Thursday, February 29, 2024 in Miller Auditorium

The Taking

Directed by Alexandre Phillippe (USA, 77m, 2023)

Alexander O. Philippe has made some of the most thought-provoking films-about-films in recent years, including 78/52 and Lynch/Oz. The Taking is not about one filmmaker, but about a place: Monument Valley, and its representation in the popular imagination, primarily of course in westerns, and especially—obsessively—in the western movies of John Ford. The movies have made this landscape an emblem for America, but this in itself is an act of colonization, a myth that obscures land theft and worse.

The film will be introduced and discussed by Prof. Graig Uhlin, Associate Professor in English at Oklahoma State University, who has written extensively on the connection between cinema and the environment.

Friday, March 1, 2024 in Miller Auditorium

King Coal

Directed by Elaine Sheldon (USA, 80m, 2023)

A lyrical tapestry of a place and people, King Coal meditates on the complex history and future of the coal industry, the communities it has shaped, and the myths it has created. Oscar-nominated filmmaker Elaine McMillion Sheldon reshapes the boundaries of documentary filmmaking in a spectacularly beautiful and deeply moving immersion into Central Appalachia where coal is not just a resource, but a way of life.

While deeply situated in the communities under the reign of King Coal, where McMillion Sheldon has lived and worked her entire life, the film transcends time and place, emphasizing the ways in which all are connected through an immersive mosaic of belonging, ritual, and imagination. Emerging from the long shadows of the coal mines, King Coal untangles the pain from the beauty, and illuminates the innately human capacity for change.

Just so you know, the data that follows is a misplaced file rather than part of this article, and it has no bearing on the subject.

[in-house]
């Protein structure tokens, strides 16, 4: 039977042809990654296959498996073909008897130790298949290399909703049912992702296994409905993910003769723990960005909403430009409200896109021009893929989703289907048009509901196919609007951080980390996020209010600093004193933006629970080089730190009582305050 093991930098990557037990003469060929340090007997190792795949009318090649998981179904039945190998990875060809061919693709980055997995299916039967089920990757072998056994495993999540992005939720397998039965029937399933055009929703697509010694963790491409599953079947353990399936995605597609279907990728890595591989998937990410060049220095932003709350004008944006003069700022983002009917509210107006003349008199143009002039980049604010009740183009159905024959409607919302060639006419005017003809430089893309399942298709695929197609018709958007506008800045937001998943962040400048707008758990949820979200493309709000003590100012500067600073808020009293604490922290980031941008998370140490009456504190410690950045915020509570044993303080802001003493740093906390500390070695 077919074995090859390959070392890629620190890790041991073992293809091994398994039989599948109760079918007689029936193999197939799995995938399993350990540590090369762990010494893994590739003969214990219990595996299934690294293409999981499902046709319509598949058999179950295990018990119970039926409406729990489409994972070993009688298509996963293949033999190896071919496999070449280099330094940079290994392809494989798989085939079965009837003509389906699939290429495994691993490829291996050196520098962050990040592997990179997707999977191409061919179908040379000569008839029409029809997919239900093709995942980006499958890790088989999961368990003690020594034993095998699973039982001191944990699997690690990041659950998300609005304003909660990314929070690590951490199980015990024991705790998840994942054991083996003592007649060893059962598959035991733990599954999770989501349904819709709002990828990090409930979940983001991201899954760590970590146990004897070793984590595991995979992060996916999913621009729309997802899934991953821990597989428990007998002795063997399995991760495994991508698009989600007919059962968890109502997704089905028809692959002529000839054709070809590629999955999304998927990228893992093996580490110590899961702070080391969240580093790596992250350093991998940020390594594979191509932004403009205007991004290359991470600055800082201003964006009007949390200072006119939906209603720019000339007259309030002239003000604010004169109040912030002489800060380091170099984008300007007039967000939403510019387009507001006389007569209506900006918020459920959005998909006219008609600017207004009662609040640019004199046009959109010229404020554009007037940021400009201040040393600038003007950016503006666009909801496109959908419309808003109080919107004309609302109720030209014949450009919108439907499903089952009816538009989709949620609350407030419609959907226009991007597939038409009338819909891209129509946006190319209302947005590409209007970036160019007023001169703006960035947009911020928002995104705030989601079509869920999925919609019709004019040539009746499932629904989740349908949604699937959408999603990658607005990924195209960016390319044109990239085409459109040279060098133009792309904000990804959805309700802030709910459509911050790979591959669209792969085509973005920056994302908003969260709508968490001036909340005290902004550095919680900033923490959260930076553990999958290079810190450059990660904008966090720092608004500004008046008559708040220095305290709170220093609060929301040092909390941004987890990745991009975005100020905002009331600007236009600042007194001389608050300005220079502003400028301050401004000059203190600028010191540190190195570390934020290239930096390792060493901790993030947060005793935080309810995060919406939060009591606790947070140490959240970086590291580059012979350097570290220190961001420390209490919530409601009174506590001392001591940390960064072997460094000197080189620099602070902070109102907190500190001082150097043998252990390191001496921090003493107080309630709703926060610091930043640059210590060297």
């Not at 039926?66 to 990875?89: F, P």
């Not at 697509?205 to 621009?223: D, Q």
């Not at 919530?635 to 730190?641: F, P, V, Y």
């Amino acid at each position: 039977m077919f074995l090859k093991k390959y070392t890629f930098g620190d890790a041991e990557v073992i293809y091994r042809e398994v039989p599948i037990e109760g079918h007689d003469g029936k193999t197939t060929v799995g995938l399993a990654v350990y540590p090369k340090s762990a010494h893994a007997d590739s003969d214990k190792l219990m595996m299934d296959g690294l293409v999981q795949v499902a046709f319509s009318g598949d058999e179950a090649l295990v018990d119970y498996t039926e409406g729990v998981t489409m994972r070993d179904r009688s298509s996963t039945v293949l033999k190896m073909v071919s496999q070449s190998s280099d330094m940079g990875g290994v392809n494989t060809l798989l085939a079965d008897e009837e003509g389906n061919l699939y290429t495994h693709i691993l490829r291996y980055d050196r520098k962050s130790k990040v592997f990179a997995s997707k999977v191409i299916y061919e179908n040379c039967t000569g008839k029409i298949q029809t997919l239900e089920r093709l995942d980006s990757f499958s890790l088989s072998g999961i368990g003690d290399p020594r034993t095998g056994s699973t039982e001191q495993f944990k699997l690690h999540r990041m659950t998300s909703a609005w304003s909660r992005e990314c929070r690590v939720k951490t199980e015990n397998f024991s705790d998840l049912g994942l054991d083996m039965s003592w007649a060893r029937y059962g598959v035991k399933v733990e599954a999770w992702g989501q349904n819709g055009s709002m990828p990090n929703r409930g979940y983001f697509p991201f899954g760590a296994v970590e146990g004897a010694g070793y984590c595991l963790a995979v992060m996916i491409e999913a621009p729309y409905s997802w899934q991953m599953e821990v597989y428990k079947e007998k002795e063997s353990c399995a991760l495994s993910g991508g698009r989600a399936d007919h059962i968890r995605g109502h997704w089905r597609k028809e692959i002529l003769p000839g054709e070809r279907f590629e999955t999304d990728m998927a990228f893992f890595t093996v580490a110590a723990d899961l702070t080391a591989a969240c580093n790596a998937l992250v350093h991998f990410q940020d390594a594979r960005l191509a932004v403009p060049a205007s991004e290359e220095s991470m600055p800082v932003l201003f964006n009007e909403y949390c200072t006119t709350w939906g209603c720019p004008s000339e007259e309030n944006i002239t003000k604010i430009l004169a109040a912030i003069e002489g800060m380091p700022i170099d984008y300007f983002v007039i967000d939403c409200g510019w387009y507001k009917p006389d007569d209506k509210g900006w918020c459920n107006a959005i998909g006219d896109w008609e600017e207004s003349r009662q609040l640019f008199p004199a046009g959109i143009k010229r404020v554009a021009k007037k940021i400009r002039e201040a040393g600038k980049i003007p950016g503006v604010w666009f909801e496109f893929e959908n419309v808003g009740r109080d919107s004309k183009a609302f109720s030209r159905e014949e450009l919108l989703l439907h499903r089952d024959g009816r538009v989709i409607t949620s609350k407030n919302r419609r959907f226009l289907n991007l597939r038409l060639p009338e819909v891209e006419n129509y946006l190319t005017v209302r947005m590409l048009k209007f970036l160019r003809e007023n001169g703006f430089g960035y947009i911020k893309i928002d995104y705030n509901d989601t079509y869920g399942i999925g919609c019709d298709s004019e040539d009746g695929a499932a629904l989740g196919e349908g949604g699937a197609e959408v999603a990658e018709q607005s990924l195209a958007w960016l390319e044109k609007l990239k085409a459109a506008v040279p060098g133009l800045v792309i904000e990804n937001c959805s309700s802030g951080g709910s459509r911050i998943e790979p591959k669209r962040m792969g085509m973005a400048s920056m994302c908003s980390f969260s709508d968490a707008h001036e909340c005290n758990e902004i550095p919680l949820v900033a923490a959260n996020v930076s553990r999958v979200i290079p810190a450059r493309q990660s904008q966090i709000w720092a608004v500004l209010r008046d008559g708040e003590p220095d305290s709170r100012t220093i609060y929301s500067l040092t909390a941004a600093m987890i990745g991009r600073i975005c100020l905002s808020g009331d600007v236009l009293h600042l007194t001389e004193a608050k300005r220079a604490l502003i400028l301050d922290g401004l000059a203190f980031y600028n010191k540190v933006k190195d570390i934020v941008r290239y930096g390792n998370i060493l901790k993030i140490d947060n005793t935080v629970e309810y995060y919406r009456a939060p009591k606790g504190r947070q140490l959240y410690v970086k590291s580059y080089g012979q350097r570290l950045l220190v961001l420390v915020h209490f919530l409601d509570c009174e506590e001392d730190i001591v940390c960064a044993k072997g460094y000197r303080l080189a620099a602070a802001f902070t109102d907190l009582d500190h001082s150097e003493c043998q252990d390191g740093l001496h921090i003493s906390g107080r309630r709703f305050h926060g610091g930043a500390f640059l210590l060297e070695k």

The film’s director, Elaine Sheldon, will be with us virtually to introduce the film and discuss it with the audience after the screening.

Saturday, March 2, 2024 in Miller Auditorium

Razing Liberty Square

Directed by Katja Esson (USA, 86m, 2023)

Miami is ground-zero for sea-level-rise. When residents of the Liberty Square public-housing community learn about a $300 million revitalization project in 2015, they know that their neighborhood is located on the highest-and-driest ground in the city. Now they must prepare to fight a new form of racial injustice: Climate Gentrification.

The film will be introduced and discussed by its director, Academy Award-nominated filmmaker Katja Esson, who is based in Miami.

Festival Venue

The state-of-the-art Dan and Mary Miller Auditorium features:

  • NEC 15,000 lumen projector
  • BluRay and DCP Video projection capabilities
  • 12′ x 26′ projection screen
  • 16 surround speakers, 3 cinema stage speakers
  • 374 upholstered, cushioned seats
  • Assisted listening system available upon request

Film Festival Archive

View our previous programs: